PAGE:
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Patent Law Firm: us patent, patent search, patent attorney, patent an invention, patent idea, patent information, patent law, patent application, u.s patent, united state patent, patent lawyer, patent agent, us patent search, software patent, patent pending, patent research, design patent, patent protection, patent help, patents, invention marketing in San Francisco Bay Area, Silicon Valley, San Jose, Santa Clara.

 


Patent Agent FAQ | Inventor FAQ | Patent FAQ | Getting Started FAQ | Patent Search FAQ | Patent Services FAQ | Consultation FAQ

patent frequently asked questions (FAQ)

Information regarding the best approach to Patent protection

Frequently Asked Questions (FAQ) about Provisional Patent Applications

What about those “Do it Yourself Provisional Patent” kits?
Where can I get a "Provisional Patent Application Form"?
How do I turn my Provisional Application into a patent?
What's the difference between a Provisional Application and a Disclosure Document?
What About Foreign patents?

Frequently Asked Questions about Full, Utility Patent Applications

When should I consult my patent advisor?
What are Typical types of items that may be protected by Utility Patents?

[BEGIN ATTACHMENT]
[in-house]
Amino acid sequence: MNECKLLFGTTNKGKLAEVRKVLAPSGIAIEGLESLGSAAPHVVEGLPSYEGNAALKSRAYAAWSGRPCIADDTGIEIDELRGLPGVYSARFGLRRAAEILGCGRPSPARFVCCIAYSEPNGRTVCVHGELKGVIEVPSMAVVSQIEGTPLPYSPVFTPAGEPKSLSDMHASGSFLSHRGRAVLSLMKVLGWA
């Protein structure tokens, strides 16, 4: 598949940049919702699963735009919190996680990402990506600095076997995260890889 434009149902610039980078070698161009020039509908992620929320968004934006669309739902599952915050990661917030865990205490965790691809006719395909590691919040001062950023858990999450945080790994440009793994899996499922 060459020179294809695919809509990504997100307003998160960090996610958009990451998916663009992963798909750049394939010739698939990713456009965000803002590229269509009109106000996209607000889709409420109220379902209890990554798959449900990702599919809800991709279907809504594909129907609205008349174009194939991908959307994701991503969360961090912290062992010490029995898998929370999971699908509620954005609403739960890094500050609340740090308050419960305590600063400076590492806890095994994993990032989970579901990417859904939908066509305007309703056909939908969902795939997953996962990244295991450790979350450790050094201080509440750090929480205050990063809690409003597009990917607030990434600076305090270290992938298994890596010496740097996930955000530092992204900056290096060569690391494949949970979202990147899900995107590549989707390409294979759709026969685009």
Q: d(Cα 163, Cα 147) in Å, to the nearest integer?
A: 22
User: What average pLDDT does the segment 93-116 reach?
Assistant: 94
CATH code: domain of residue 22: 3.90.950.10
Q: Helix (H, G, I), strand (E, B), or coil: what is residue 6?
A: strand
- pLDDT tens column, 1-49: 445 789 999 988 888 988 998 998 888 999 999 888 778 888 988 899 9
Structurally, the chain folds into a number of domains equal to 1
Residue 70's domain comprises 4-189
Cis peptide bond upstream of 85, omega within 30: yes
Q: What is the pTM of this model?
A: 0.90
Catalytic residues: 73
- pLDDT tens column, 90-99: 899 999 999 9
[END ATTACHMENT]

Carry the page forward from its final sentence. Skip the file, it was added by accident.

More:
On what subject matter may a patent not be granted?
Who may apply for a
U.S. Patent?
Can I apply for my own patent, without a patent attorney?
Does my patent application have to be published by the USPTO?
Is there any danger that the Patent and Trademark Office will give others information contained in my application while it is pending?
If one person furnishes the ideas for invention and another person employs him or finances his experimentation, should the patent application be filed by them jointly?
I have made some changes in my invention after the filing of my patent application documents. May I amend my patent application by adding a description and illustration of these features?
While in a foreign country, I found an article on sale which has not yet been introduced into the
U.S. or patented or described in the U.S. May I get a U.S. patent on this invention?
If I obtain a patent on my invention, will that protect me against claims of others who say that I am infringing their patents?
What do the terms "patent pending" and "patent applied for" mean?
Can an inventor sell his right to a patent or patent application to someone else?
Does a
U.S. patent protect my invention in other countries?
I mailed myself a description of my invention.  I'm protected by the patent laws now, right?
How long does the process take?
You keep using the word “art.”  What do you mean by “art?”
What’s the difference between a design patent, a provisional patent, and a utility patent?